Identification and Characterization of an Immunodominant 28-Kilodalton Coxiella burnetii Outer Membrane Protein Specific to Isolates Associated with Acute Disease Academic Article uri icon

abstract

  • Coxiella burnetii causes acute Q fever in humans and occasional chronic infections that typically manifest as endocarditis or hepatitis. Isolates associated with acute disease were found to be distinct from a group of chronic disease isolates by a variety of biochemical parameters and in a guinea pig fever model of acute disease, suggesting a difference in virulence potential. We compared antigenic polypeptides among C. burnetii isolates and found an immunodominant 28-kDa protein in acute group isolates but not in chronic group isolates (T. Ho, A. Hotta, G. Q. Zhang, S. V. Nguyen, M. Ogawa, T. Yamaguchi, H. Fukushi, and K. Hirai, Microbiol. Immunol. 42:81-85, 1998). In order to clone the adaA gene, the N-terminal amino acid sequence of adaA was determined and a 59-bp fragment was amplified from Nine Mile phase I DNA by PCR. The putative gene fragment was used to screen a lambda ZAP II genomic DNA library, and an open reading frame expressing a 28-kDa immunoreactive protein was identified. Sequence analysis predicted a gene encoding an approximately 28-kDa mature protein with a typical signal sequence. The adaA (acute disease antigen A) gene was detected in acute group C. burnetii isolates but not identified in chronic group isolates by PCR and Southern blotting. A typical signal peptide was predicted in adaA, and specific antibody to adaA reacted with the purified membrane fraction of acute group isolates by Western blotting, suggesting that adaA is exposed on the outer surface of C. burnetii. adaA was overexpressed in pET23a as a fusion protein in Escherichia coli to develop anti-recombinant adaA (anti-radaA) specific antibody, which recognized a approximately 28-kDa band in acute group isolates but not in chronic group isolates. In addition, immunoblotting indicates that radaA reacted with sera derived from animals infected with acute group isolates but did not react with sera from animals infected with chronic group isolates. These results support the idea that an adaA gene-targeted PCR assay and an radaA antigen-based serodiagnostic test may be useful for differential diagnosis of acute and chronic Q fever.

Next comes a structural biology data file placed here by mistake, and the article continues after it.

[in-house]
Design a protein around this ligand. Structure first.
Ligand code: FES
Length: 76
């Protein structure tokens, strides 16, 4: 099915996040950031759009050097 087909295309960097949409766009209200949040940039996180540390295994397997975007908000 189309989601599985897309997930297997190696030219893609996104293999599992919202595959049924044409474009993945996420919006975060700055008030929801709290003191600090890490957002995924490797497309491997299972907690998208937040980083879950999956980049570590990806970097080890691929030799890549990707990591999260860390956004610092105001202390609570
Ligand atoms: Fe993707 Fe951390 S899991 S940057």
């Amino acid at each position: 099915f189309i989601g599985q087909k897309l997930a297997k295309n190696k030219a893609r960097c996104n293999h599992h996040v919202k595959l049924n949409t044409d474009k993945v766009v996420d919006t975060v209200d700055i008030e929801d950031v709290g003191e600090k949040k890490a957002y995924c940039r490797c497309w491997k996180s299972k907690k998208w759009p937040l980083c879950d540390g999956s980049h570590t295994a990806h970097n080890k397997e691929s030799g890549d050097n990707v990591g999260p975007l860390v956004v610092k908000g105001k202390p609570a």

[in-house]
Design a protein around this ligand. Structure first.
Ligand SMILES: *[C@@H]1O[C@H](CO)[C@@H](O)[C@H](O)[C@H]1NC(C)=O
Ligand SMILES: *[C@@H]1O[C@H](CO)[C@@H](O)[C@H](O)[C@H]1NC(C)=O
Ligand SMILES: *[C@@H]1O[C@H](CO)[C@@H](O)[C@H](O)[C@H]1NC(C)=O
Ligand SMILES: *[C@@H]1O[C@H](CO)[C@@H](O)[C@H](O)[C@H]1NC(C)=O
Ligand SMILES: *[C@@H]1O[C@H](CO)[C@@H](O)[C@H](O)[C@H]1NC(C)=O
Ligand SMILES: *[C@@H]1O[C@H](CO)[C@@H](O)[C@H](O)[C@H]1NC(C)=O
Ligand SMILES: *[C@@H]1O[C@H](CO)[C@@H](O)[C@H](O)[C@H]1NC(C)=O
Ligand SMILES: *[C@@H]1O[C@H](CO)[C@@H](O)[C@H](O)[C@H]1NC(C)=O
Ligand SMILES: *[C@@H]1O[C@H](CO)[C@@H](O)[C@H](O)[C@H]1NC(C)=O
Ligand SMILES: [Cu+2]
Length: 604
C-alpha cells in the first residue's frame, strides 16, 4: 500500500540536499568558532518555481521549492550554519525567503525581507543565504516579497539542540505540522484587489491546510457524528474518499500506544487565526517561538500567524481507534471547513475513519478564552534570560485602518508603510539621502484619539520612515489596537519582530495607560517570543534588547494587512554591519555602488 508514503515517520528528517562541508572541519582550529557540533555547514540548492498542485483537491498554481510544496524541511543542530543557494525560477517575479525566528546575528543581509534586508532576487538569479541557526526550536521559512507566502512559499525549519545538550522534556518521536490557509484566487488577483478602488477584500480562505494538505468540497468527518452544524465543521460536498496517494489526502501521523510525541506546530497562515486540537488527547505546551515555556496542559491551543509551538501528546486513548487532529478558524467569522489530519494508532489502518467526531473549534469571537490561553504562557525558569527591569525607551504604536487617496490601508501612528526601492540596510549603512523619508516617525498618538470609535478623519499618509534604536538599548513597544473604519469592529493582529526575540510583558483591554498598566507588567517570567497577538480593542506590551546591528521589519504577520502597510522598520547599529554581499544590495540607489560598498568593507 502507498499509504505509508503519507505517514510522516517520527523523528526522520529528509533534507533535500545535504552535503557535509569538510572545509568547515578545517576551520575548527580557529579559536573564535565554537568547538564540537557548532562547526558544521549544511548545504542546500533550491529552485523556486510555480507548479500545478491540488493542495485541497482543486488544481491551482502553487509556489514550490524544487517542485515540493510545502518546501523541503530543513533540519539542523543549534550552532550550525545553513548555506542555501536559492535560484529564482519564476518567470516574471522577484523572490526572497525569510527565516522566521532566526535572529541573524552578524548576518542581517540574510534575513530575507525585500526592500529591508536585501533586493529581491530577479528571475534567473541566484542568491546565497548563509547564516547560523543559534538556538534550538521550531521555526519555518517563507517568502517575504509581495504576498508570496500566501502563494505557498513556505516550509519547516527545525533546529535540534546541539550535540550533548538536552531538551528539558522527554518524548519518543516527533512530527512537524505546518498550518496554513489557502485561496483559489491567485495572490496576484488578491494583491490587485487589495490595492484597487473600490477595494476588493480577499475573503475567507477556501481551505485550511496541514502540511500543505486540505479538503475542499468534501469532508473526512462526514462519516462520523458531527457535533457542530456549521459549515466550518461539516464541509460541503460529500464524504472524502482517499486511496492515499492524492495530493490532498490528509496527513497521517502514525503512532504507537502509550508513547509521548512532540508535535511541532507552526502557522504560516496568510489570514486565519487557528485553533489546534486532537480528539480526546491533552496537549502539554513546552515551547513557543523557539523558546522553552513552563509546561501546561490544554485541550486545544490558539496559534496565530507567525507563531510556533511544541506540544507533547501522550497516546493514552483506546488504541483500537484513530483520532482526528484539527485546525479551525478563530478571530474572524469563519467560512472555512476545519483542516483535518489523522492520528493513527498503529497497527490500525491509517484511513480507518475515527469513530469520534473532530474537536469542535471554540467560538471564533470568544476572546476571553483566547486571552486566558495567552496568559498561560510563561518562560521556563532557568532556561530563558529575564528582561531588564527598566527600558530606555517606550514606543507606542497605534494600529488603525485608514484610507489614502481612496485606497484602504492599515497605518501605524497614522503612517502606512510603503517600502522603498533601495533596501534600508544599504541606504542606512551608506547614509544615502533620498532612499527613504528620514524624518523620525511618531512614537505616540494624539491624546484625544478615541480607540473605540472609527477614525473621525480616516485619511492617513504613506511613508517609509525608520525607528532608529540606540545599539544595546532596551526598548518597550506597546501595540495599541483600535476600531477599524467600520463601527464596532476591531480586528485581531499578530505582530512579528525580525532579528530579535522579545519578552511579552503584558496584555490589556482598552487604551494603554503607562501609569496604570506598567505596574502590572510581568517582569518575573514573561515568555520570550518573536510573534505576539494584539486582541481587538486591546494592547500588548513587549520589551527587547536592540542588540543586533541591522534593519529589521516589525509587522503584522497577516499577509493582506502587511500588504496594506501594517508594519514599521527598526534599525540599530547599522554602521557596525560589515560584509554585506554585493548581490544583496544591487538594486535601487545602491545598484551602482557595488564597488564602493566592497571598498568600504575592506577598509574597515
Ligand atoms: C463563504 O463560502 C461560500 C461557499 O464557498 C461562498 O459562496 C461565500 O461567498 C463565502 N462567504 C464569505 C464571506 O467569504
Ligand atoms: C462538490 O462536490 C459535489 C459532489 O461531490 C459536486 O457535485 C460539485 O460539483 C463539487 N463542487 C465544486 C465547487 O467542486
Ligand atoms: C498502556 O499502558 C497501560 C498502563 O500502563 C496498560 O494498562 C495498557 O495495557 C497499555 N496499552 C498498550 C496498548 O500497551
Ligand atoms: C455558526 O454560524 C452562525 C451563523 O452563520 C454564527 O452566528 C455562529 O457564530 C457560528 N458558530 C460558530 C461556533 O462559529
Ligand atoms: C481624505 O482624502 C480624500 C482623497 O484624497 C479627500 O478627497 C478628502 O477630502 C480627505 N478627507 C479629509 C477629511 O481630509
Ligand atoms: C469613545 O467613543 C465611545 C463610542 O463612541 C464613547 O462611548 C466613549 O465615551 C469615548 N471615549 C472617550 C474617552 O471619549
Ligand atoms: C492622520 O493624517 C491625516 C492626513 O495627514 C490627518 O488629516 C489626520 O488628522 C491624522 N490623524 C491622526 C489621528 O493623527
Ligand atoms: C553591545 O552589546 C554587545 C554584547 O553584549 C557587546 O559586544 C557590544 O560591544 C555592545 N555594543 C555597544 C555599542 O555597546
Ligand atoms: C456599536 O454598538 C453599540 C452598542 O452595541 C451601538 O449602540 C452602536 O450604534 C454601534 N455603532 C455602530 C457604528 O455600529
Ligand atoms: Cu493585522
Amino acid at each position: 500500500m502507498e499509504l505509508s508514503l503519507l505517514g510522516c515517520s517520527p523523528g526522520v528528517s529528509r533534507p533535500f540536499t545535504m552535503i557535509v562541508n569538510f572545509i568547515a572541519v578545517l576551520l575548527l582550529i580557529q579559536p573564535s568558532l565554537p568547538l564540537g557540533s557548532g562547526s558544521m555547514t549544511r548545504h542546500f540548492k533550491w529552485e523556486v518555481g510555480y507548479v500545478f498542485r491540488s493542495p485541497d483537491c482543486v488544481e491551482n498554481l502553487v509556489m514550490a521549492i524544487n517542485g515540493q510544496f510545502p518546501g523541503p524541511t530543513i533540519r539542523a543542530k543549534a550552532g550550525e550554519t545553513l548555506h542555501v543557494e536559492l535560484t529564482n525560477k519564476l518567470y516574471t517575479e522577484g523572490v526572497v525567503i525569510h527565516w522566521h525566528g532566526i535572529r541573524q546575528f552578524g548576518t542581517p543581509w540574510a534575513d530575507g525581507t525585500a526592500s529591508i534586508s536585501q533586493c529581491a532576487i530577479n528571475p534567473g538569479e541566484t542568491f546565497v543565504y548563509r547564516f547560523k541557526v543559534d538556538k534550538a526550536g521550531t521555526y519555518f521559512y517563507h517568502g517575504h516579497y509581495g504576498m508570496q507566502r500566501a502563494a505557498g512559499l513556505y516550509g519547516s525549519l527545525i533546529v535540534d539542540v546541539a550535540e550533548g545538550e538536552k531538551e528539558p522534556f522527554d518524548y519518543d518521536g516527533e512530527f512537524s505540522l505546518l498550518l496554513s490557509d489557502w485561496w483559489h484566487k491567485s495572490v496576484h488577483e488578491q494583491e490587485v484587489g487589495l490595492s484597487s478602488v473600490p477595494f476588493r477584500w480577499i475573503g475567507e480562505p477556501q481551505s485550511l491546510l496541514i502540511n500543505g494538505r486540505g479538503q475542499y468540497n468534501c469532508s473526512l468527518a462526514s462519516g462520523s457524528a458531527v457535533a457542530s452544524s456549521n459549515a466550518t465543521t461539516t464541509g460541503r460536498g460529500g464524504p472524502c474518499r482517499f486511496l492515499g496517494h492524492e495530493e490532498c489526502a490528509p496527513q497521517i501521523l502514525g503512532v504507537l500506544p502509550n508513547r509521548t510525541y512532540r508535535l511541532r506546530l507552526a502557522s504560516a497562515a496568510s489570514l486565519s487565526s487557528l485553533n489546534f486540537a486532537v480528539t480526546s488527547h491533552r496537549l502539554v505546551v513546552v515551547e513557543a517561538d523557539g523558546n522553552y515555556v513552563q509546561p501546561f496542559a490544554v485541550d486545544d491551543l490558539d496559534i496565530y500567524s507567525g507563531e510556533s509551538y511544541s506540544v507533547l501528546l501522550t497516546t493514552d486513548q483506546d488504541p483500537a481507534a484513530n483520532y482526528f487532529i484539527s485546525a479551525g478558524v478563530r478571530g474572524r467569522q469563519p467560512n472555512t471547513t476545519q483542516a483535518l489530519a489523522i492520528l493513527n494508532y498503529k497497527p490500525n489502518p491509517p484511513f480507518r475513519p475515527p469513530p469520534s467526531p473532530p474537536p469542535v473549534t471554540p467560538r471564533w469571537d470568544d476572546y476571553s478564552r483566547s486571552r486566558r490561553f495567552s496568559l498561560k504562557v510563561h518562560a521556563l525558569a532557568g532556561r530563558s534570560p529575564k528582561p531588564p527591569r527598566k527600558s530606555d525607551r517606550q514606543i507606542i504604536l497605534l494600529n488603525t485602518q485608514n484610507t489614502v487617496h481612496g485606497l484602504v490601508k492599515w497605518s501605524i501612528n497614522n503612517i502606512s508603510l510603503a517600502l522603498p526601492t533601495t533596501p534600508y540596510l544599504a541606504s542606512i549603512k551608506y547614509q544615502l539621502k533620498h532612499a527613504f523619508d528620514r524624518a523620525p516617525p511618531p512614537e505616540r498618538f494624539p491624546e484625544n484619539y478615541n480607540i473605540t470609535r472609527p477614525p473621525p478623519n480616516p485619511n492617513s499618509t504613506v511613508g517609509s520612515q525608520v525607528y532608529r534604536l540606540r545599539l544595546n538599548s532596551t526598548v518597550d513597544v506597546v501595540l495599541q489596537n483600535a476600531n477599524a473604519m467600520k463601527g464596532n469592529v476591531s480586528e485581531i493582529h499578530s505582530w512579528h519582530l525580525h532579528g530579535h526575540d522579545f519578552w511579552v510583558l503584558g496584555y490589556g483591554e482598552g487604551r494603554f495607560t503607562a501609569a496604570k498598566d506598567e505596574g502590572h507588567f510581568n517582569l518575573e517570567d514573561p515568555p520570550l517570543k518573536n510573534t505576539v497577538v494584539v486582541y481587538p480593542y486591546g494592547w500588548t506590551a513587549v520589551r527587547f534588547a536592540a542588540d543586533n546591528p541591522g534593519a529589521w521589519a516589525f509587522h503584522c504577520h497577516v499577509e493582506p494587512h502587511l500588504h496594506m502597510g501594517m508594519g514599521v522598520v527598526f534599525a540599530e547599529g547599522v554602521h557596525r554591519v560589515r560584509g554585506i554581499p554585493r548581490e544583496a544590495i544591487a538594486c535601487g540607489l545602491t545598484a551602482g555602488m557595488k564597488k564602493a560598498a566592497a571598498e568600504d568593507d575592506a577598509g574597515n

author list (cited authors)

  • Zhang, G., To, H. o., Russell, K. E., Hendrix, L. R., Yamaguchi, T., Fukushi, H., Hirai, K., & Samuel, J. E.

citation count

  • 41

publication date

  • February 2005